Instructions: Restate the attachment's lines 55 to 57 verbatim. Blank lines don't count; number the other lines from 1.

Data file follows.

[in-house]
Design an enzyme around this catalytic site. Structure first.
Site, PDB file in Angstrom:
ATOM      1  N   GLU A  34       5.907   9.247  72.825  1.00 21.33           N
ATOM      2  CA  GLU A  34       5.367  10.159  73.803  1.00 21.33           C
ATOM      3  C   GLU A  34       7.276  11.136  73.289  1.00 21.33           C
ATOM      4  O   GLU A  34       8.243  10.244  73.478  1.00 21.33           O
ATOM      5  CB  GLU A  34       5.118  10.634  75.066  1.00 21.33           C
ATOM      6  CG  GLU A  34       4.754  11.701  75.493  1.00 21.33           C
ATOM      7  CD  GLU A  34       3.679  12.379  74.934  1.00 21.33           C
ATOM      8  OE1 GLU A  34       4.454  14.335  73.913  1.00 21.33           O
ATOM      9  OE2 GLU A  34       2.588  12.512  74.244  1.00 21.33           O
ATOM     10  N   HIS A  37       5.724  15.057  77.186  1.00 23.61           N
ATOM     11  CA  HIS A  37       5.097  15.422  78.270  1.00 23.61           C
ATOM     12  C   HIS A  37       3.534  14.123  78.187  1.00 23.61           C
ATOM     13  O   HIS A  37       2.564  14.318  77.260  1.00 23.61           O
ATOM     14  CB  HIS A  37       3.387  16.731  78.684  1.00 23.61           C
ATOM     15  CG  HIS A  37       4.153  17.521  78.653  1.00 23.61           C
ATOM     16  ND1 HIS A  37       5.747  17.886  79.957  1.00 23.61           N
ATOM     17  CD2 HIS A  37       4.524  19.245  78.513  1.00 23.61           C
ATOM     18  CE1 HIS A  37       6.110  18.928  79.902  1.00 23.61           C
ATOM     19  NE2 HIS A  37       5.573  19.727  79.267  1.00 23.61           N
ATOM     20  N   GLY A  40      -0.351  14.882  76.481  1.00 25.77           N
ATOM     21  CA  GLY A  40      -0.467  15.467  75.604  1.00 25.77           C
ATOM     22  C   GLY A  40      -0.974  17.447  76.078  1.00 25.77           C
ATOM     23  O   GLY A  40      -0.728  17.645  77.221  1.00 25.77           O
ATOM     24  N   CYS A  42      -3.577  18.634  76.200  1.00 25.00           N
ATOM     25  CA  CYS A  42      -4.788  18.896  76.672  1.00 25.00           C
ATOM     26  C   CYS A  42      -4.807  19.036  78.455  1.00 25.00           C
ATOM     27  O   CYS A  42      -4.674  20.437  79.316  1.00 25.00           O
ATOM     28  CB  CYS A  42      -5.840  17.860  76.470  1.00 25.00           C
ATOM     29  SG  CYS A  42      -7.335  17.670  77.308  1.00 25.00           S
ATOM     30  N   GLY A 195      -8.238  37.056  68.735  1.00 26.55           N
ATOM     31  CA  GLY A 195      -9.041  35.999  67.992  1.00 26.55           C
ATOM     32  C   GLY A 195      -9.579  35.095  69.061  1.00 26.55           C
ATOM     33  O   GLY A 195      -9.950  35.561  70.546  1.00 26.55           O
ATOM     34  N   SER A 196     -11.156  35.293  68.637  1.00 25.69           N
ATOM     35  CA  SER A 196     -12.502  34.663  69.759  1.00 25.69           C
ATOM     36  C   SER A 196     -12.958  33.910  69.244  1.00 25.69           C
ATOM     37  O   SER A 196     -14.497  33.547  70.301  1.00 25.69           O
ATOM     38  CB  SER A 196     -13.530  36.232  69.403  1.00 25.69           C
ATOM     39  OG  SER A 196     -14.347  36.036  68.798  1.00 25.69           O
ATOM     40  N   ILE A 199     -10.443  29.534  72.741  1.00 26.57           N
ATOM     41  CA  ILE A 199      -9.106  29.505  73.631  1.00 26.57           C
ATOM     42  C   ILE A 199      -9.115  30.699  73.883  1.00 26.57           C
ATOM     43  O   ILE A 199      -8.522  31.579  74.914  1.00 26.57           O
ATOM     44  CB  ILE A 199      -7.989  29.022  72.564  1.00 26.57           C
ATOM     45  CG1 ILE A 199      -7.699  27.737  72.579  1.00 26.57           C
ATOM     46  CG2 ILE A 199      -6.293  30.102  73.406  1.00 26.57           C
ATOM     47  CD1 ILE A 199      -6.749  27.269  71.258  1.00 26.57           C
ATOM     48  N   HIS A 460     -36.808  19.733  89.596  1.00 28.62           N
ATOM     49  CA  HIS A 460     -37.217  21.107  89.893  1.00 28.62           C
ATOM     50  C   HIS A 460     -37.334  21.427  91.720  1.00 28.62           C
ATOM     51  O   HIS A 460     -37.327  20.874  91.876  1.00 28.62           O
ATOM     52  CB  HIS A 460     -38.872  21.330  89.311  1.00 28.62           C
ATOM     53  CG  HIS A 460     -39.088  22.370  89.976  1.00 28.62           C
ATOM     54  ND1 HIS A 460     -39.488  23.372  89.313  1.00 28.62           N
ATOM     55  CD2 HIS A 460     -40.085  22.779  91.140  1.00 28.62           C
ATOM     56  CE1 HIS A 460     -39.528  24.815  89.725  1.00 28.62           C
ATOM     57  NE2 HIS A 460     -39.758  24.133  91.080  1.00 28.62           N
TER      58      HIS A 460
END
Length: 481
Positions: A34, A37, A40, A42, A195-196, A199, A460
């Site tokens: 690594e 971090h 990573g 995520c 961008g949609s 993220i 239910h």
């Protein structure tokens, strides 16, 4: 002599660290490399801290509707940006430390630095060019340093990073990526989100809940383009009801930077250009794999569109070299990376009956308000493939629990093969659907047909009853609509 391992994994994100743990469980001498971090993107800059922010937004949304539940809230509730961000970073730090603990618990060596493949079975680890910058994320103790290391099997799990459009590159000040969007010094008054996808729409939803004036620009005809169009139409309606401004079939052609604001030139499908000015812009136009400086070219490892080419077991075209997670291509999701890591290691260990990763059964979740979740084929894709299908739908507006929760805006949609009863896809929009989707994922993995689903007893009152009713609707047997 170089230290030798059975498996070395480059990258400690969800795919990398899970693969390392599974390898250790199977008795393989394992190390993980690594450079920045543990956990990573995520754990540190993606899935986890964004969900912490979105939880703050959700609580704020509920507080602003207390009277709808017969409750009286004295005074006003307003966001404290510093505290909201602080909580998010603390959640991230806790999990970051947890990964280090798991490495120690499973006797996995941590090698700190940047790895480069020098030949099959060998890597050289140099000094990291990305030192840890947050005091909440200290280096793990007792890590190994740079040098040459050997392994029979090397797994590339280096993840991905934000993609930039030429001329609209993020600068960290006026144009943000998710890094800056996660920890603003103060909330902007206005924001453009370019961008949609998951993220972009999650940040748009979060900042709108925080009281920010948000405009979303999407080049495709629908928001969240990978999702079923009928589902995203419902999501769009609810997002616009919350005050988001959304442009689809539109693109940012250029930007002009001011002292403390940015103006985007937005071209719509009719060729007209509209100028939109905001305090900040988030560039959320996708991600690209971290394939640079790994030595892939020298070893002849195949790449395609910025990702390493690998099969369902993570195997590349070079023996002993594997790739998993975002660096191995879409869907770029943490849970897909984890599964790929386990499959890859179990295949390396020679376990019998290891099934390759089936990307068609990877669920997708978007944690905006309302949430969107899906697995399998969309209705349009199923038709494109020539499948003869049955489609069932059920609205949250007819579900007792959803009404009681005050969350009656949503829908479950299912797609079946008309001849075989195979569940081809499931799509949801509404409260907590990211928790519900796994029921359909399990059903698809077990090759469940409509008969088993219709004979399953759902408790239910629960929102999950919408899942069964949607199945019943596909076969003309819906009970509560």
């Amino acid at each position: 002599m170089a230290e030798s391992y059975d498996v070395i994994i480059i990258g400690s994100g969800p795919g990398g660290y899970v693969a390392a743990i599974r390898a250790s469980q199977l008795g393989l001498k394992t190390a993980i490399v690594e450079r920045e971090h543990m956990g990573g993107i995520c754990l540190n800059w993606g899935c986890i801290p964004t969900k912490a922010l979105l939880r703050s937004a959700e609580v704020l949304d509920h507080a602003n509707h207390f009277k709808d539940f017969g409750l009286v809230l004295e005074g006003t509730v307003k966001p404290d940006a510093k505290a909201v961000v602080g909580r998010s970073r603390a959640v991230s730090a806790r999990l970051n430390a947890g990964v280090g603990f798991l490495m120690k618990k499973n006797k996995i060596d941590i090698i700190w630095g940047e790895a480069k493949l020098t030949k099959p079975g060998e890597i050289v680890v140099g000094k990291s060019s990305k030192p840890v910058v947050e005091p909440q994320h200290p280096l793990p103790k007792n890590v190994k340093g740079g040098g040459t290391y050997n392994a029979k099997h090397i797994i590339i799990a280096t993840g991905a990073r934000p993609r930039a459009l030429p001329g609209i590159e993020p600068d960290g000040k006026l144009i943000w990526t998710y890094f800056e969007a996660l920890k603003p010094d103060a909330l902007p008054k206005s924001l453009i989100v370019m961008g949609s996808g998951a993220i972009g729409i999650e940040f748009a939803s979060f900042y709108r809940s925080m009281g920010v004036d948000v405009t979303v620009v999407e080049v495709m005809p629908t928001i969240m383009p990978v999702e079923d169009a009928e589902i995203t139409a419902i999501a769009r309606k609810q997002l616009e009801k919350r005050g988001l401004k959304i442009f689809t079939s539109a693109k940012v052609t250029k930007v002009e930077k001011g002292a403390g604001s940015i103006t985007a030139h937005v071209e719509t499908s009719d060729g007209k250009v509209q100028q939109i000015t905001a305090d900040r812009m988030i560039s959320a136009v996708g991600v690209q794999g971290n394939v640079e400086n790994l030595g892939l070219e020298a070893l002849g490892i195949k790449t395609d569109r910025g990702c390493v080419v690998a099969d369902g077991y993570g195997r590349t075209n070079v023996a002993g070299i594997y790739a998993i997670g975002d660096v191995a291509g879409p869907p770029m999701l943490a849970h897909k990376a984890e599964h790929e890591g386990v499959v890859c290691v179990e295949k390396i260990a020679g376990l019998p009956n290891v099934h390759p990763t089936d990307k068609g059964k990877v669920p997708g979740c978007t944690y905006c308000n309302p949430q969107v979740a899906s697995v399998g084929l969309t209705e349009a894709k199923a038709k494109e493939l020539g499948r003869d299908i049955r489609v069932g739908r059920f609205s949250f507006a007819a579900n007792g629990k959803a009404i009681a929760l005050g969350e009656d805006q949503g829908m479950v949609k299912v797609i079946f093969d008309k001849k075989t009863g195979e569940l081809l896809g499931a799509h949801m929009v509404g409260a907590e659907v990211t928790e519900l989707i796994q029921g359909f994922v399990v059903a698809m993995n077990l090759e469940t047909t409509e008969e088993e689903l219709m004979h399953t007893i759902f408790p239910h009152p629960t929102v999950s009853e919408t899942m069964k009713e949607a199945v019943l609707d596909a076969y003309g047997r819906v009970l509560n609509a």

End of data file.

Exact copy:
ATOM     52  CB  HIS A 460     -38.872  21.330  89.311  1.00 28.62           C
ATOM     53  CG  HIS A 460     -39.088  22.370  89.976  1.00 28.62           C
ATOM     54  ND1 HIS A 460     -39.488  23.372  89.313  1.00 28.62           N